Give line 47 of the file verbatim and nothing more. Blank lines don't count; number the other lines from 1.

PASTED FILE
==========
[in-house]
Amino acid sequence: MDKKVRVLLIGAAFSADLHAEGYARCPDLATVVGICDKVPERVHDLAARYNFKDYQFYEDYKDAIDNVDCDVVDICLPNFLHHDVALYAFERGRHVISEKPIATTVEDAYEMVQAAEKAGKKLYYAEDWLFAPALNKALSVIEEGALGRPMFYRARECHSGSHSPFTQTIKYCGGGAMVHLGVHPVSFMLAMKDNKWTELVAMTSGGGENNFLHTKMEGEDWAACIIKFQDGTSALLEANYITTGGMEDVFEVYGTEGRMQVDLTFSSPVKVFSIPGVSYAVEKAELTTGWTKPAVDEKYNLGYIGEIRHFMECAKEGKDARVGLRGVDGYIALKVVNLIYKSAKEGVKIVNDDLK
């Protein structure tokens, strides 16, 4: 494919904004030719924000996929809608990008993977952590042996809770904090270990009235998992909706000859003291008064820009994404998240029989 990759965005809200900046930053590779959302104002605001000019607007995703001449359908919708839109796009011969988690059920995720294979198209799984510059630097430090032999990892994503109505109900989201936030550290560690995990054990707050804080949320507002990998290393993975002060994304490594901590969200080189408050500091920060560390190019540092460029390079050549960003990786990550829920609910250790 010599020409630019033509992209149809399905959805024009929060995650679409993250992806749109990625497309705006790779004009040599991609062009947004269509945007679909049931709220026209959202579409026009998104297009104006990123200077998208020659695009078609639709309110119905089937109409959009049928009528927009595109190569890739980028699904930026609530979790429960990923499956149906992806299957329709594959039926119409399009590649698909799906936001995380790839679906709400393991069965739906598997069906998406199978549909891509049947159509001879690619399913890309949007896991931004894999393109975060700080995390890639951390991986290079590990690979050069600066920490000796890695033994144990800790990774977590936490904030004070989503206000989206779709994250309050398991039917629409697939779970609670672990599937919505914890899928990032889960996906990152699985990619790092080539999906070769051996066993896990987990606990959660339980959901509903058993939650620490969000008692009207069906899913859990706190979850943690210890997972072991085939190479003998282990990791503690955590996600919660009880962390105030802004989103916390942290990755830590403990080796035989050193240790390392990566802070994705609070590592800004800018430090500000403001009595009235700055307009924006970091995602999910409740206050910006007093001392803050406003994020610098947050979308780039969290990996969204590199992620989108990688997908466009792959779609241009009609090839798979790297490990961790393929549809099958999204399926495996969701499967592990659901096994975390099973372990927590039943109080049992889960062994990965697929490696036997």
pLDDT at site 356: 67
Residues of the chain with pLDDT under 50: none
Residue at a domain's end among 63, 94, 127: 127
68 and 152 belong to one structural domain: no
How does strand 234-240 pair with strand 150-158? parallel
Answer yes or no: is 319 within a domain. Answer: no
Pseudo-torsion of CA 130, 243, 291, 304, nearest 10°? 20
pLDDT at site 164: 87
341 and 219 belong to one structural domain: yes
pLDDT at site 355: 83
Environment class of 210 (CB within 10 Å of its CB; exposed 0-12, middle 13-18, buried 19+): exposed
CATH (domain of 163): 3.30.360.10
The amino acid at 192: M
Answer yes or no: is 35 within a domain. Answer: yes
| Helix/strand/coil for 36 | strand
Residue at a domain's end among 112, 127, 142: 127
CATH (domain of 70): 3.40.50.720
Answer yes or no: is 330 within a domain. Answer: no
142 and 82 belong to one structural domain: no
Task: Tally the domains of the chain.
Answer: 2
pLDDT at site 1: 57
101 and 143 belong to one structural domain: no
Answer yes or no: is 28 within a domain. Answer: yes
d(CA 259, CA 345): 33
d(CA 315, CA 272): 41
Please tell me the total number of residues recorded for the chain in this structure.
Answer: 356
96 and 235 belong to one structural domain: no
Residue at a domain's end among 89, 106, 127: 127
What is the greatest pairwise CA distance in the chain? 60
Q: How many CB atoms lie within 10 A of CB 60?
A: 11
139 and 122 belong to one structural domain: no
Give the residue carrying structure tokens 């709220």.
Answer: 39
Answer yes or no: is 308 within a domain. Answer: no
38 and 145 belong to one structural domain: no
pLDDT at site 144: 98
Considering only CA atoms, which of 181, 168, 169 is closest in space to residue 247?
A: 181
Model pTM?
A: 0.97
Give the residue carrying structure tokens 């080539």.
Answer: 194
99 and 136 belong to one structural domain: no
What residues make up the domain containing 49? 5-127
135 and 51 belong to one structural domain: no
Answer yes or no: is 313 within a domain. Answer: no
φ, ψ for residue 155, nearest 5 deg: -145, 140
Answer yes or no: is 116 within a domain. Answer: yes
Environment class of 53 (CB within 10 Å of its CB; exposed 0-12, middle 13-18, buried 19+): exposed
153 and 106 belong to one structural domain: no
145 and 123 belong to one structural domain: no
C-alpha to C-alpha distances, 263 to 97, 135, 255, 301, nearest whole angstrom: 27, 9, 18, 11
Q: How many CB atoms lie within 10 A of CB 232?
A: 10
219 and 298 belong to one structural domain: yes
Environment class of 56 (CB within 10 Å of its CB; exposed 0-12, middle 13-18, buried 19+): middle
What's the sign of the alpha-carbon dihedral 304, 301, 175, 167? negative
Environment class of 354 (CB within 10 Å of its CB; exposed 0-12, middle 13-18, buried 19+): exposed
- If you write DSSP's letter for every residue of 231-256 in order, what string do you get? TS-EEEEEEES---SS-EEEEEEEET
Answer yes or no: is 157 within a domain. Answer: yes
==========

Give the residue carrying structure tokens 């080539």.